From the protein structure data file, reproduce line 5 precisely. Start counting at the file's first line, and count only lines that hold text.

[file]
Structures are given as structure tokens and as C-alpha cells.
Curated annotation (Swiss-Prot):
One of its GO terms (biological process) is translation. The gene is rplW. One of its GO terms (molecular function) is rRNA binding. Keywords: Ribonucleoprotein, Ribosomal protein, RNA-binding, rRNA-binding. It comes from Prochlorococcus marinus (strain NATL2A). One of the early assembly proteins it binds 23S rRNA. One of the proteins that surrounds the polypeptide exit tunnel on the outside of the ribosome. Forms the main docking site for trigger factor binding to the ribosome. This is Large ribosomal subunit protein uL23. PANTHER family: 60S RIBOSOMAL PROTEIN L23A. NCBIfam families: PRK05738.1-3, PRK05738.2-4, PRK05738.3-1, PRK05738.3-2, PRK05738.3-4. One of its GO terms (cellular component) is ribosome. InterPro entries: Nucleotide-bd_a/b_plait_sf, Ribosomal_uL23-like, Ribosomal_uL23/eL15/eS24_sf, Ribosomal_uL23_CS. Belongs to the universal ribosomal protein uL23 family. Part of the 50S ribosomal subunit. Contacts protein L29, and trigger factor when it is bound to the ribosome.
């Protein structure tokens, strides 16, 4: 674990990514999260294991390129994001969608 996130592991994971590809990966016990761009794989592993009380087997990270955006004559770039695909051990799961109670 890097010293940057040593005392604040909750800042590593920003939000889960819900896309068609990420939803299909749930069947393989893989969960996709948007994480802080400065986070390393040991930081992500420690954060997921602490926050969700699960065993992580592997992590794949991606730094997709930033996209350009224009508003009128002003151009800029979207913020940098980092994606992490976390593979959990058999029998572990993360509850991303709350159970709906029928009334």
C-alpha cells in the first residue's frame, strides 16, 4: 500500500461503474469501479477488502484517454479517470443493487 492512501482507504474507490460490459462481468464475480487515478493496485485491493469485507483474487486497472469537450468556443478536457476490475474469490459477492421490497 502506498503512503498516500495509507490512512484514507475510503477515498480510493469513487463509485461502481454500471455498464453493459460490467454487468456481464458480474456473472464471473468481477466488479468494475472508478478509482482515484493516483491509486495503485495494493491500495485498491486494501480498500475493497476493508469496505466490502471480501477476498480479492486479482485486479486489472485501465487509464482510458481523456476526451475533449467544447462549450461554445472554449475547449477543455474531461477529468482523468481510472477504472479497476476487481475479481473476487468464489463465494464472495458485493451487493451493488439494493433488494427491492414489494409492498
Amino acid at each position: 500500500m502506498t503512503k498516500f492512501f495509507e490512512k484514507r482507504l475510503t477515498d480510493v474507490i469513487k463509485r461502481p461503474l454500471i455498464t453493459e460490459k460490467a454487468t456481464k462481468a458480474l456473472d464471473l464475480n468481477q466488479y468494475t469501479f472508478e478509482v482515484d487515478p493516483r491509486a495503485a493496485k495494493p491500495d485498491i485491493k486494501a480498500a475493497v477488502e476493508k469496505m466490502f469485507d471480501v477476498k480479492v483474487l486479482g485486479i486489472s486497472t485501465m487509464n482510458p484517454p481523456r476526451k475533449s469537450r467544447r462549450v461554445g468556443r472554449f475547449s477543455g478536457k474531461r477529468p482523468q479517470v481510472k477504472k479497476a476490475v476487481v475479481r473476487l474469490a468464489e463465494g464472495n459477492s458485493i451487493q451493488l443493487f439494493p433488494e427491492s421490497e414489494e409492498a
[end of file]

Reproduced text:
C-alpha cells in the first residue's frame, strides 16, 4: 500500500461503474469501479477488502484517454479517470443493487 492512501482507504474507490460490459462481468464475480487515478493496485485491493469485507483474487486497472469537450468556443478536457476490475474469490459477492421490497 502506498503512503498516500495509507490512512484514507475510503477515498480510493469513487463509485461502481454500471455498464453493459460490467454487468456481464458480474456473472464471473468481477466488479468494475472508478478509482482515484493516483491509486495503485495494493491500495485498491486494501480498500475493497476493508469496505466490502471480501477476498480479492486479482485486479486489472485501465487509464482510458481523456476526451475533449467544447462549450461554445472554449475547449477543455474531461477529468482523468481510472477504472479497476476487481475479481473476487468464489463465494464472495458485493451487493451493488439494493433488494427491492414489494409492498